“An Indelible Pain”: IDC Herzliya Yom HaZikaron Ceremony 2017
Prof. Uriel Reichman, President and Founder of IDC Herzliya, spoke:
“I want to take you back in time, almost fifty years ago, to the first days of June 1967.
My paratroop battalion, a reserve battalion, is parked in the orchards near Ramle and is waiting, with the whole country. The radio from Cairo threatens that the end of the Jewish state is near and tens of thousands of Egyptian soldiers march through the streets of Cairo, roaring and promising a bitter end to all of us. Tanks and artillery flow into Sinai, the Egyptians block the Straits of Tiran and passage to Eilat while sending commando battalions to reinforce the Jordanian army in Latrun. An Egyptian general takes command of the Jordanian force in Jerusalem and the war drums are heard from Damascus as well.
Imagine, if you can, the State of Israel in 1967: only 19 years old, less than 2.5 million Jews, in economic distress and under an effective Arab boycott, slowly recovering from the massive waves of immigration. The wait, which involves the extensive mobilization of all who can, paralyzes the economy. Israel is politically isolated and the atmosphere in Israel is difficult, saturated with an existential threat reminiscent of the eve of the War of Independence. Then, it was clear to all that the goal of the war about to break out was to wipe the State of Israel off the earth.
And this you should know: The Six-Day War was a defensive war. There was no war of conquest. The desire to destroy the existence of Israel continues. Hezbollah and Hamas declare this, including Iran and ISIS. This desire is heard every day, and not only in the Middle East. It continues to sound 50 years after the Six Day War, after wars and intifadas, countless operations and more than 5,000 casualties.
Therefore, the first and most important lesson we learn from the events of the past 50 years is that we must not weaken. We must always remain ready to protect our physical existence, at any cost. But that is not the only lesson.
The Six-Day War was supposed to bring peace. The hopes in Israel were to realize the Zionist vision of peace with our neighbors, based on compromises in the territories. But this had already been decided by the Arab League (at the Khartoum conference) not to recognize Israel, not to negotiate with it, nor make peace with it.
Seven years passed. When the Yom Kippur War broke out, my younger brother, Gad, was 22 years old and was about to fly abroad for the first time in his life. When he heard the sirens he was not called to enlist. In his “Susita” car, Gad chased the war, from camp to camp, until the gathering point to the east of the Sea of Galilee.
The tanks that came down from the Golan unloaded the bodies of the dead and the shortage of fighting men put him in the tank, in civilian clothes, as a signaler. He fought for six hours. Near the Yahudiya, his tank turret was hit and his commander was badly wounded. Gad rescued him and returned to the tank, apparently in order to inform about the wounded. A machine gun from a Syrian tank, a few meters away, tore Gad’s body.
When the Yom Kippur War broke out, I was busy writing my doctorate at the University of Chicago. I had only enough money to buy a flight ticket from Chicago to New York. The Israeli consulate told me that I was not needed because the war would end as quickly as the six days war, but I borrowed money from a relative and bought a ticket to Israel. At Kennedy Airport I was literally fighting hundreds of reserve soldiers to board a flight to Israel.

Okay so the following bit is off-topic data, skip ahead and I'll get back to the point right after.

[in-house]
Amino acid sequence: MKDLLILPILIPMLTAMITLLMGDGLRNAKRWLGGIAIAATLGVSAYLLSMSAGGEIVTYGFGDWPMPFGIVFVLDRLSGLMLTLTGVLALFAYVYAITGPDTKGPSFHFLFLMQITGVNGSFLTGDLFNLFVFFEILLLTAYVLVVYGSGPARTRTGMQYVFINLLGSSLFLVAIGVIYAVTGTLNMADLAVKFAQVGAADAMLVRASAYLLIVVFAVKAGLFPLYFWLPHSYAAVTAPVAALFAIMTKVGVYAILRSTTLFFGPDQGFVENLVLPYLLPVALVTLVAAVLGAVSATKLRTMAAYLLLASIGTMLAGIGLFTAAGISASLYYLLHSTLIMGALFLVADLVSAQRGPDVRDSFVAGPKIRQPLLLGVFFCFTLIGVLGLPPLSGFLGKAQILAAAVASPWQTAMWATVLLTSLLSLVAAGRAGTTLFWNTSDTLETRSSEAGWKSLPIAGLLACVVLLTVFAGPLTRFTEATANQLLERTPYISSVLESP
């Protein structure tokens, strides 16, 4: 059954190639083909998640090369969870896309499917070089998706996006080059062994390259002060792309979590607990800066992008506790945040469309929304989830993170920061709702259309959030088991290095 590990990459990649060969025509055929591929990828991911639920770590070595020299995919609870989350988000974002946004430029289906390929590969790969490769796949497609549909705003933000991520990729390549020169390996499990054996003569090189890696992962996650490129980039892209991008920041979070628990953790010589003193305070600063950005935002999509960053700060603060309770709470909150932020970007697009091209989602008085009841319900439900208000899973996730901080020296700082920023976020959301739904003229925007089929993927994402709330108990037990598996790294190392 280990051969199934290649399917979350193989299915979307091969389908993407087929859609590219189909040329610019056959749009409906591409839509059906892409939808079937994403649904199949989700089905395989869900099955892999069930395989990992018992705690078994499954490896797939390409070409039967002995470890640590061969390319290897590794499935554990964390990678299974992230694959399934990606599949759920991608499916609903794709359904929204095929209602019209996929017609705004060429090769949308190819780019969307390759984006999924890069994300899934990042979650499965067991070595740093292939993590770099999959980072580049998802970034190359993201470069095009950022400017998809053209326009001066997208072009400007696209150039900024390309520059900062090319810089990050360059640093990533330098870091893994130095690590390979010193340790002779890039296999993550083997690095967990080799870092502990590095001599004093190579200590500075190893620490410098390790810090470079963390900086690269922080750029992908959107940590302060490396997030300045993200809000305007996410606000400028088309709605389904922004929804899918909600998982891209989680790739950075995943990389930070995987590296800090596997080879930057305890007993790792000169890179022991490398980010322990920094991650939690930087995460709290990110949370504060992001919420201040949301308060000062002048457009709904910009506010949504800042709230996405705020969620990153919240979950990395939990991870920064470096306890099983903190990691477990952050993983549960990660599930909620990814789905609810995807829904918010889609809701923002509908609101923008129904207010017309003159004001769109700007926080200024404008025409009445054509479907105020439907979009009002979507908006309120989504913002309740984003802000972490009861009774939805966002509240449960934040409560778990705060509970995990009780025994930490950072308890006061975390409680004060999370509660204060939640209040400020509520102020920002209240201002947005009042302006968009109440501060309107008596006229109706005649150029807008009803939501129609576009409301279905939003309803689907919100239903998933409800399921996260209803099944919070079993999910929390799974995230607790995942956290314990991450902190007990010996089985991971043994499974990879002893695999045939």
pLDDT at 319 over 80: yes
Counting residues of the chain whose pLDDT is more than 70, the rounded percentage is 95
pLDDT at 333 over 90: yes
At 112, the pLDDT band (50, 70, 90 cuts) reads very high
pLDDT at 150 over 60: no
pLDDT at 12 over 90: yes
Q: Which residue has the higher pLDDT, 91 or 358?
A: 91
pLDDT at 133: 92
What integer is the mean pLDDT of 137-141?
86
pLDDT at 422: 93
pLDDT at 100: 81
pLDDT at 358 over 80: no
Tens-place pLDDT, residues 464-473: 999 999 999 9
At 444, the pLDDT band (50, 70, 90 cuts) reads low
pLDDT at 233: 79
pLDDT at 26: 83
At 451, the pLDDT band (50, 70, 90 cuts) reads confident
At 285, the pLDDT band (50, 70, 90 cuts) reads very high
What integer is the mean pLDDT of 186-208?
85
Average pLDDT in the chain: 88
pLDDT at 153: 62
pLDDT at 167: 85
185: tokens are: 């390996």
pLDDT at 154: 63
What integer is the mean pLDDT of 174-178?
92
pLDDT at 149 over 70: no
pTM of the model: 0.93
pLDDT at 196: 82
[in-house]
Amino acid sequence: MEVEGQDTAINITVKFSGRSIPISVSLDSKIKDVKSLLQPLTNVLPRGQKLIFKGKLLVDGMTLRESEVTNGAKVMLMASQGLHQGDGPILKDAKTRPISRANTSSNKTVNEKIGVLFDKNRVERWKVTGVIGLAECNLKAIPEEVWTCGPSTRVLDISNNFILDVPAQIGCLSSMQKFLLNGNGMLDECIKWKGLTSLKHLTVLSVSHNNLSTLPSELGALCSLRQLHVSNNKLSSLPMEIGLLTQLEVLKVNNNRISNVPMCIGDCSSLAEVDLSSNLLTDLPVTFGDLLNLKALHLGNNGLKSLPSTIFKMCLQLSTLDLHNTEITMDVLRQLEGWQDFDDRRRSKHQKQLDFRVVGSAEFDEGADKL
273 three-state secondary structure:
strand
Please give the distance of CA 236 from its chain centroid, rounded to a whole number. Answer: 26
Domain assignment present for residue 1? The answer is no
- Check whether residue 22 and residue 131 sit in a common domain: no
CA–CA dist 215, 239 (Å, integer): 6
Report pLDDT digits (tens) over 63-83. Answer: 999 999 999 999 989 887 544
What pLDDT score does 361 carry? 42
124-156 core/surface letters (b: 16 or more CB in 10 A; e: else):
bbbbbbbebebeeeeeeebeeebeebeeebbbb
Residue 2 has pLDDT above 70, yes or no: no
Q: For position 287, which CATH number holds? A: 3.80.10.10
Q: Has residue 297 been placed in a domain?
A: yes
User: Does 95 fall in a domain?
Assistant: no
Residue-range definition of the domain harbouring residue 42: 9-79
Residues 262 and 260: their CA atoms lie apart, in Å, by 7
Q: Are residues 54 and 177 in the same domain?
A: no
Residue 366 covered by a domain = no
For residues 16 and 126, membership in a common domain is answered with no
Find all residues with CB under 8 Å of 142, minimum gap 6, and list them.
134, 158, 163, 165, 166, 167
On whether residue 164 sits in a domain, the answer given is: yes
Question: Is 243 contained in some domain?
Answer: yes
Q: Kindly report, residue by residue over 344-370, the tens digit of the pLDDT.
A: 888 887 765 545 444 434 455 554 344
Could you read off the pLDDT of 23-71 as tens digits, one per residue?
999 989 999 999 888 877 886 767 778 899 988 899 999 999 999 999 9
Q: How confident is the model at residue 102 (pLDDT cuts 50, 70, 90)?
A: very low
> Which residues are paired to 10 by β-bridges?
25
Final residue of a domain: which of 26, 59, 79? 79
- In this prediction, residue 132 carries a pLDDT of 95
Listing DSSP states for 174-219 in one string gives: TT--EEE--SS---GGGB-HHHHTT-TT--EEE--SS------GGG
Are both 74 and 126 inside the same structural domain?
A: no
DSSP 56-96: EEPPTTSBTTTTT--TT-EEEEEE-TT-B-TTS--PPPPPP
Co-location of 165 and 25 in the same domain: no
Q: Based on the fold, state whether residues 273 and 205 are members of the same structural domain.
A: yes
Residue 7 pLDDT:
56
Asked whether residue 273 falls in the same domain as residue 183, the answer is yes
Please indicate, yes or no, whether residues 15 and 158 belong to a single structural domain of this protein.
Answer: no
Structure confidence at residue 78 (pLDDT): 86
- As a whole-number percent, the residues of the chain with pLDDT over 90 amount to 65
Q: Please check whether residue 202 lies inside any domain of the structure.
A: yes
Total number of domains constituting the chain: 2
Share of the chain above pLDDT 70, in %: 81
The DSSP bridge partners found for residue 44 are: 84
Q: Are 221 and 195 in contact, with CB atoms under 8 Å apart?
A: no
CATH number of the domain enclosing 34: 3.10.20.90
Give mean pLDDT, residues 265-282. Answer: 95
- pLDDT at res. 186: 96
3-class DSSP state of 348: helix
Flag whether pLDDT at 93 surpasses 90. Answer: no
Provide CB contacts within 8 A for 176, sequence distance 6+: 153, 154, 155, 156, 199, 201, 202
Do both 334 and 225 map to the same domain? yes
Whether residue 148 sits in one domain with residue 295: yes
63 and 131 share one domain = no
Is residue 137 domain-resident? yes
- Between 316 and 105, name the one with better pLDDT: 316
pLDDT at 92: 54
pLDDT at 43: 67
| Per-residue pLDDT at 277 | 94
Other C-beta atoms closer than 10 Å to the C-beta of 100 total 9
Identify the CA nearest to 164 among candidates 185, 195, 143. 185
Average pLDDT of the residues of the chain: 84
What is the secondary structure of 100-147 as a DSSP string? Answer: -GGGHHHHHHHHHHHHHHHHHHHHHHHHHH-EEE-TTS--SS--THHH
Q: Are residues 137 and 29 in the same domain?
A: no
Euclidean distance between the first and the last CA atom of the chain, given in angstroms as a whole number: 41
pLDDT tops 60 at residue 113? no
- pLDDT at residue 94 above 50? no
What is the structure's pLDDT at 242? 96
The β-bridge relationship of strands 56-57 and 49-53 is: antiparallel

The following night, at the foot of the Golan Heights, with the sounds of battle and the radio transmissions announcing more and more casualties, I was asked: “Why did you return?” I came back because of a basic and sacred principle, according to which the blood of one in Israel is no more precious than that of his comrade. Like my brother Gad, I also knew that in such moments we all share responsibility, and our ability to manage the events depends on our resilience.
The victory in the Six-Day War was also achieved that way. It was not achieved by divine intervention but by the ascension of the air force, the strength of armor and the sacrifice of warriors. Many of my soldiers and good comrades from the paratroopers gave their lives in battles on Ammunition Hill, Jerusalem and the Old City. Others in the Golan Heights and in the south.
Sacrifice and unity of fate live within us. We remember our graduates, Lt. Col. Emmanuel Moreno, one of the greatest fighters in the modern era who was killed in the Second Lebanon War, and Lieutenant Colonel Amotz Greenberg, who was killed at the entrance to a Hamas assault tunnel at Kibbutz Ein Hashlosha; Lieutenant Colonel Dolev Keidar, who was called to engage Hamas in the attack in Nir Am, and Major Tsafrir Bar-Or, who was killed during “Protective Edge”, in Sajaiya. We also mourn Major Amichai Itkis, an air force pilot who was killed in a training plane crash in the Great Crater.
The words “Sacrifice of Blood” carry an additional meaning for us when we recall the memory of Roy Avisaf, a law student who was murdered by terrorists while on vacation in the Sinai and Steven Sotloff, a graduate of our International School, who was executed by ISIS in front of the cameras.
They were part of us. The students at IDC are different people with different backgrounds, views and aspirations, all of them lovers of the state and the nation’s best builders. All left behind a void, and an indelible heartache.
To you, who are here today, I would like to remind you that IDC Herzliya was established in order to train Israel’s future leadership. You must be steadfast in defending our existence and carry the message of humanity to all”.